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Twenty Years of Understanding Genetics in Literature and Society

Posted by on Monday, December 4, 2023 in featured.

By Andy Flick, Evolutionary Studies scientific coordinator

Jay Clayton, William R. Kenan, Jr. Professor of English, first received funding from the National Institutes of Health to study genetics in literature, film and popular culture in 2003. According to the application, this first grant funded, “a working group of scholars in literature, film, and media studies to examine the representation of genetics in literary and popular culture.”

Portrait of Jay Clayton and Ellen Wright Clayton at home.
Illustrating a story for A&S Magazine where Jay Clayton says that he became interested in genetics in literature because of dinner conversation with his wife, Dr. Ellen Wright Clayton (she`s an MD,lawyer and works in genetics and health policy at VUMC). (Vanderbilt Photo / Daniel Dubois)

Twenty years later, it seems that Clayton has been extremely successful in developing a thorough understanding of this topic. In 2017, a group of researchers at Vanderbilt started the NIH-funded Genetic Privacy and Identity in Community Settings (GetPreCiSe).

According to Clayton, “this grant brought together a transdisciplinary working group at Vanderbilt to articulate best practices for genetic privacy in the age of big data.”

Understanding how society views genetics has long been of interest to Clayton. In 2007, he published a single-authored paper (“Victorian Chimeras, or, What Literature Can Contribute to Genetics Policy Today”) about the passing of guidelines from the Institute of Medicine regarding DNA splicing. He showed how H. G. Wells had predicted such scientific developments in 1896 and foreshadowed some of the ethical concerns. He noted how several people, speaking at the guideline-development meeting, referenced scientific fictions including centaurs, minotaurs, and mermaids.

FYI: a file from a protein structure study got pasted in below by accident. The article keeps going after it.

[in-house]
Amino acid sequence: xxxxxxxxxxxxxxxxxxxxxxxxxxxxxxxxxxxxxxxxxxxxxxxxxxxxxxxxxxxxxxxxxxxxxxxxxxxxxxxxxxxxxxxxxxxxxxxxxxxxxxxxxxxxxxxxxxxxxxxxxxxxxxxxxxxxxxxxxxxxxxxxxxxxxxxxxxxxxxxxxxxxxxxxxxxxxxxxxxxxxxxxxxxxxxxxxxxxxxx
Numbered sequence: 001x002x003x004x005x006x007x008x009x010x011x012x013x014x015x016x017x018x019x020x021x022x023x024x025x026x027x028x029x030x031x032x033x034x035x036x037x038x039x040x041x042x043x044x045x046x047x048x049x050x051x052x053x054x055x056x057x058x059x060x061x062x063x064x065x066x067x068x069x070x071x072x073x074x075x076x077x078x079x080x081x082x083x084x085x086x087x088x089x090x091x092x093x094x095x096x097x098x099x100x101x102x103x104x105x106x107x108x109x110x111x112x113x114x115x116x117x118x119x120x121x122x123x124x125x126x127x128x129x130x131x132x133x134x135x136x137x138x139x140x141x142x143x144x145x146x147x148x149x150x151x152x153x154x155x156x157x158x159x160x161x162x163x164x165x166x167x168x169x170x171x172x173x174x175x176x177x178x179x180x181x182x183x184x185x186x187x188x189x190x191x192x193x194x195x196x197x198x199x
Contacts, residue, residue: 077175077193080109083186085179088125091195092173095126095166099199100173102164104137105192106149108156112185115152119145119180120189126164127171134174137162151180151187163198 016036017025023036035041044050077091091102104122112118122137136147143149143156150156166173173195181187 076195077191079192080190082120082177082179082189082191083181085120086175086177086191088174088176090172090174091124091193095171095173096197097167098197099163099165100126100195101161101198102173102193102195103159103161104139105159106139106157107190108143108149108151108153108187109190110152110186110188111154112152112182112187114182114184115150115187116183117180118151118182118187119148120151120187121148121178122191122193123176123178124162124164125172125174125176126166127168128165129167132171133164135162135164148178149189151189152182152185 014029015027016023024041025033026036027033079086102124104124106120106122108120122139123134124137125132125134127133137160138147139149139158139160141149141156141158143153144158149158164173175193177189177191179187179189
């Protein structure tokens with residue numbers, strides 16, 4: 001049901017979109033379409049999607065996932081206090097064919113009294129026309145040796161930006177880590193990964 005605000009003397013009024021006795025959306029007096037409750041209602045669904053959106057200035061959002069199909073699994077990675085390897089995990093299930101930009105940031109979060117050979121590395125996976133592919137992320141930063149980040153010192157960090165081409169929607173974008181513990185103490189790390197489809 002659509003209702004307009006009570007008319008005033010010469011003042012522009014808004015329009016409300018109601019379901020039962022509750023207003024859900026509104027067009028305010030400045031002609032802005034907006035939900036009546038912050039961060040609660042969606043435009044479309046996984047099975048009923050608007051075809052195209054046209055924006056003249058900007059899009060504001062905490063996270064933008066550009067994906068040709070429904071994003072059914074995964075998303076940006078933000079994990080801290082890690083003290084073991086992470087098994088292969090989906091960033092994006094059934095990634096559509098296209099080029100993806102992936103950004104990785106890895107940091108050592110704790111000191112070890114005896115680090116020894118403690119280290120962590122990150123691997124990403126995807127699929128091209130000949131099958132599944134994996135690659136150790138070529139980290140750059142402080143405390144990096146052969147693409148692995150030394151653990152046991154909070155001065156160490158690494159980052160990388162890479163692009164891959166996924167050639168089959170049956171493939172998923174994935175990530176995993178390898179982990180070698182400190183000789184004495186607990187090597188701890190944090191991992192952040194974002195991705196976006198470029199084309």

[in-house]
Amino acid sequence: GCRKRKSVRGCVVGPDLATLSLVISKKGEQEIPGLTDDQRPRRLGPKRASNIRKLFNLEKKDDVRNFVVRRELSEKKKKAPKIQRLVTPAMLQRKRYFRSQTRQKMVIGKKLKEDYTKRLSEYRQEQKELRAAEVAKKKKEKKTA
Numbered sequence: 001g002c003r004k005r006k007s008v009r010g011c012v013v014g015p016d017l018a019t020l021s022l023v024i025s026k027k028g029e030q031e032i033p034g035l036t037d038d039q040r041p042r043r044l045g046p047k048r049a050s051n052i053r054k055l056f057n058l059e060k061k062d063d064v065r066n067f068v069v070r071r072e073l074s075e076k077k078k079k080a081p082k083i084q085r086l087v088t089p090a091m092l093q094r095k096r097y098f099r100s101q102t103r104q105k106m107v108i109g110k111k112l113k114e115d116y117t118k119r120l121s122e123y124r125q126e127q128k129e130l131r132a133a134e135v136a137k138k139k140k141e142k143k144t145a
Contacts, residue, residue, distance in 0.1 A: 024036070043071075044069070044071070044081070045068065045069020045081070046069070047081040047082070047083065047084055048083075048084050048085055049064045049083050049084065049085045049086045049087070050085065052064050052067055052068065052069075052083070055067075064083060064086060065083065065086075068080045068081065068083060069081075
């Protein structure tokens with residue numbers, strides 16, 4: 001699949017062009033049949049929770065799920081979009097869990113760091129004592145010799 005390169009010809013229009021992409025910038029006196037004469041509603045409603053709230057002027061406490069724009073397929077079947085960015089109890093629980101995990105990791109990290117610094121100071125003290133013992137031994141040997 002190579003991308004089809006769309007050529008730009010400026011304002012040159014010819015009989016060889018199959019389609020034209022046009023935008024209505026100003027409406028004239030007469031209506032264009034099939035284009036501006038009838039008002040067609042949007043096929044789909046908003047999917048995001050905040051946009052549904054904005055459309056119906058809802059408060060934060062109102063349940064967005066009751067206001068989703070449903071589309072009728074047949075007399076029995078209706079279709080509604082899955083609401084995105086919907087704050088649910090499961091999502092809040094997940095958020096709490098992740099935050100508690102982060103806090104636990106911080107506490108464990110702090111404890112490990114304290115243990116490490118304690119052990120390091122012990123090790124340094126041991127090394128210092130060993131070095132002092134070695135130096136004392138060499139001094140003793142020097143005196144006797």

Since the GetPreCiSe program started, Clayton has showcased his commitment to mentorship by working with dozens of trainees under the program’s umbrella.

According to Department of English chair, Jennifer Fay, “Clayton coordinates a research group varying in size between eight to twelve undergraduates, graduate students, and postdocs who work on multiple projects. Under Clayton’s mentorship, numerous graduate students and undergraduates in the humanities have published as first-authors peer-reviewed papers (totaling more than 20 published to date).”

His work looks in depth at single pieces, like the Orphan Black series, single genres, like medical dramas, and even all genres of movies and television over the past 100 years.

Much of Clayton’s work is in the field of genetic privacy and he uses movies like the Blade Runner series to illustrate and study the intricacies of privacy. Along with first author Kendra Oliver (Ph.D. ‘16) and co-author Stephanie Higgs (MA ‘10, Ph.D. ‘16), the team published an article titled, “The End of Genetic Privacy in the Blade Runner Canon.” The team found that the Blade Runner series portrays a potential future where private information is collected and exploited with little regard for personal privacy rights, reflecting real-world trends.

When asked about the negative depictions of genetics in film, Clayton said, “some of the scary ways genetic data are handled in Blade Runner 2049 are easy to imagine coming to pass in our own society. Both the government and private corporations maintain vast databases that correlate every person’s DNA with their health record, consumer habits, driver’s license, criminal record, political and religious views, and more. Of course, the movie also has many science fiction elements too, like human clones created for work in toxic environments and off-world slave colonies!”